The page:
Lou Whitaker does not endorse former teammate Jack Morris for the Hall of Fame

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Former Tiger Jack Morris is up for election into the National Baseball Hall of Fame in his 15th and final year. Morris has made a surge in popularity among voters in the Baseball Writers Association of America, and as a result, has become a proxy in the ongoing debates between fans of traditional baseball statistics and fans of Sabermetrics.

Lou Whitaker, who played second base behind Morris on the Tigers from 1977 to 1990 (and is not a known Saberist), doesn’t think the right-hander is Hall of Fame-worthy, at least not ahead of himself and shortstop Alan Trammell, per Tony Paul of The Detroit News.

“Jack Morris was no better than Alan Trammell-Lou Whitaker,” Whitaker said during the interview, audio of which was posted on DetroitSportsRag.com and confirmed by MLB Network Radio co-host Jim Bowden. “If we didn’t make the plays, and we didn’t come up with the big hits, Jack Morris wouldn’t be where he was, or where he is.”

[…]

“If Jack deserves to be in the Hall of Fame, Alan Trammell deserves to be in the Hall of Fame,” said Whitaker […]

Whitaker received only 2.9 percent of the vote in 2001, knocking him off the ballot for good after just one year. Trammell is in his 13th year on the ballot, but has never exceeded 36.8 percent. Morris got 67.7 percent last year, just shy of the 75 percent threshold.

According to Baseball Reference, Whitaker’s career 74.8 WAR would be the fifth-highest among Hall of Fame second basemen (min. 75% games at 2B), behind Eddie Collins, Joe Morgan, Nap Lajoie, and Charlie Gehringer.

Trammell’s 70.3 career WAR would tie for the sixth-most among Hall of Fame shortstops (min. 75% games at SS), behind Honus Wagner, Cal Ripken Jr., Ozzie Smith, Luke Appling, and Arky Vaughan, and tied with Barry Larkin.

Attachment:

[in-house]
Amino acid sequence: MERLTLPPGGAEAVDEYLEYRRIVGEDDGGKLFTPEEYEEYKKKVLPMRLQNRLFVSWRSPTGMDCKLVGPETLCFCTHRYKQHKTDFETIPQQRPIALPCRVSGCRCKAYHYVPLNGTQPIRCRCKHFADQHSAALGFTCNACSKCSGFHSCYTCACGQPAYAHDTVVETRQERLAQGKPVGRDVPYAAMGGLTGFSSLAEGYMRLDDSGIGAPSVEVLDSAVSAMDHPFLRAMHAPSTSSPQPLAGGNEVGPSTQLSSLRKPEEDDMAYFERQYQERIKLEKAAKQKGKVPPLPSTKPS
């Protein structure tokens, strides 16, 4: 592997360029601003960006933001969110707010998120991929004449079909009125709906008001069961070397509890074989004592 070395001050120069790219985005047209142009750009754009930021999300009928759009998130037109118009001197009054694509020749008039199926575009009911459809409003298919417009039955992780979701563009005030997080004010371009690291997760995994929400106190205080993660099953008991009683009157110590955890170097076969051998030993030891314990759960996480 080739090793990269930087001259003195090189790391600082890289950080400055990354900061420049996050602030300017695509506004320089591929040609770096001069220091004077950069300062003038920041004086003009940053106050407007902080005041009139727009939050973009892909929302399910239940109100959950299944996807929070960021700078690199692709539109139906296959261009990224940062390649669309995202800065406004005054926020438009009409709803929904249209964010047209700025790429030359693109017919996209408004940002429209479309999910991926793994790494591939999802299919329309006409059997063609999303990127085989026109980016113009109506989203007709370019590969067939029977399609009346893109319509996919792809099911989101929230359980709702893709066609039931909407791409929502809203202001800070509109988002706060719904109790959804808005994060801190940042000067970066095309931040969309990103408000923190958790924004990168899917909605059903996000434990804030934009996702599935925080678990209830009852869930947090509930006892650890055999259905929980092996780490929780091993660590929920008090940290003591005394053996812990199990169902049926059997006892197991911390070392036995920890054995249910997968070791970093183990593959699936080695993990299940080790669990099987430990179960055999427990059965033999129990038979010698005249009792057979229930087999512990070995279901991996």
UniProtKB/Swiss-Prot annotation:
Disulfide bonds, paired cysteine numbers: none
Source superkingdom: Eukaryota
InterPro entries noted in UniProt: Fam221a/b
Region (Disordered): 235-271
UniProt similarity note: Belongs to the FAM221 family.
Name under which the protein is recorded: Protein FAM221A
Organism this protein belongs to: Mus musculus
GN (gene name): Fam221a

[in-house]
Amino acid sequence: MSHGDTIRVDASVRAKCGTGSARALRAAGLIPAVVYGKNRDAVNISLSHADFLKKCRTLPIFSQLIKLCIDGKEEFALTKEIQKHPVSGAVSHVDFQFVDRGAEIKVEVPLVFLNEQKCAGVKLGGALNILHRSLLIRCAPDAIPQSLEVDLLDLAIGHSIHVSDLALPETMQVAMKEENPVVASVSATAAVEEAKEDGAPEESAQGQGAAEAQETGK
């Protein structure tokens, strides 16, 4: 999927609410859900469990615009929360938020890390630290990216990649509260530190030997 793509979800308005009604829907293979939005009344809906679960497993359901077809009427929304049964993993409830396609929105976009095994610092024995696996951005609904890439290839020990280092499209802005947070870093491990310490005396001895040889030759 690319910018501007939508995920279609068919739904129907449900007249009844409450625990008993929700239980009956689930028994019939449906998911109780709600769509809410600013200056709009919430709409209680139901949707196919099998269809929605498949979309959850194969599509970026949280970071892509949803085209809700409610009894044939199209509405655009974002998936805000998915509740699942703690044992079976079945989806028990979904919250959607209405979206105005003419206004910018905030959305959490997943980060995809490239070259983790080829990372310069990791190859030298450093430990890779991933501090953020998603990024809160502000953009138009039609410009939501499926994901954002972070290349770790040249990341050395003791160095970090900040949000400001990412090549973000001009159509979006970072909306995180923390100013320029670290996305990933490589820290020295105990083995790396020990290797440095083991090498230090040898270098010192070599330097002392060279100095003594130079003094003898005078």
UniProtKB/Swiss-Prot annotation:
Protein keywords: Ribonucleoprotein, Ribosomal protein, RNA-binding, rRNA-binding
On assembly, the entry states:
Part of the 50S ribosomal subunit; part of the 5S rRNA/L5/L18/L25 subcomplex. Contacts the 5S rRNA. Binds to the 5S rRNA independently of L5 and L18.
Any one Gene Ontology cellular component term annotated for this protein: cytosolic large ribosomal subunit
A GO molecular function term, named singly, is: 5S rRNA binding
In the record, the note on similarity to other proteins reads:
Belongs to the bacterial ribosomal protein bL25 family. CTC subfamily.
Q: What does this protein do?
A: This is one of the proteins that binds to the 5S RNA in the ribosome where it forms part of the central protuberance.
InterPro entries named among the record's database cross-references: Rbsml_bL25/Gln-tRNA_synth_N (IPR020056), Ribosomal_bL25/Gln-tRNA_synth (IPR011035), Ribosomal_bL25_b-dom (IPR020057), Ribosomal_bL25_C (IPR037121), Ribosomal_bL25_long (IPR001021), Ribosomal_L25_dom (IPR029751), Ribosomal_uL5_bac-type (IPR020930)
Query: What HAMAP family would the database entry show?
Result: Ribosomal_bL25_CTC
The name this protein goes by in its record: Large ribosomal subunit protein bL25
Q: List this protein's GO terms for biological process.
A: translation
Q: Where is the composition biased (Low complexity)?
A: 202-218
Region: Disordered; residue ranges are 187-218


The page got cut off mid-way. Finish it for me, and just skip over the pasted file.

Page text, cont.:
Morris, at 43.8 career WAR, would rank 37th among 46 Hall of Fame starting pitchers (min.75% games started). The only pitchers he would best that did not pitch in the Dead Ball Era are Lefty Gomez, Bob Lemon, and Catfish Hunter.

Whitaker has a point.

The Adam Eaton/Todd Frazier feud continues

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Nationals outfielder Adam Eaton and Mets third baseman Todd Frazier had to be separated in between innings yesterday in New York, MASN’s Dan Kolko reported. Nothing happened other than an exchange of words, but it continued a years-long beef between the two players.

Julia Karron of NBC Sports Washington chronicled the Eaton-Frazier history. Things began in 2016 when Eaton tried to step up as the leader of a rebuilding White Sox team, but Frazier — whose locker was next to Eaton’s — wasn’t buying it. The two came to blows in the clubhouse and had to be separated.

In 2018, Eaton slid hard into second baseman Phillip Evans, injuring Evans in the process. The Mets were upset that their player was injured and felt Eaton had violated the “Chase Utley rule.” Later that month, the Mets exacted revenge as Zack Wheeler threw at Eaton. He missed and Eaton ended up walking. As Eaton made his way to first base, Frazier yelled some choice words across the diamond. After the game, Eaton said of Frazier, “When he usually talks or chips, usually he says it just loud enough that you can hear him but you can’t understand him. So I’ll just leave it at that.” Eaton was hit in the hip by a Wheeler pitch later in the game. MLB found Eaton’s slide to be legal.

After Monday’s game, Eaton said of Frazier (via NBC Sports Washington), “He must really like me cause he wants to get my attention seems like every time we come here.”

Meanwhile, Frazier said to the media (via Yahoo’s Matt Ehalt), “You ask guys when I played for the White Sox in 2016, ask all 23 of those guys, they know what happened, for (Eaton) to even talk after that, I don’t know how you talk after that.” Frazier continued, “Men usually settle it on the field, they don’t need to talk about it. He started it, coming at me with that kind of, I’m a man, I got a mortgage to pay, two kids. Pay off your mortgage, I don’t know what to tell you.” He added, “Immaturity. If you know Adam, like every team he’s been on, you hear what people say, you understand it. I was part of it for a year and a half.”

Can we just get these guys a reality TV show already?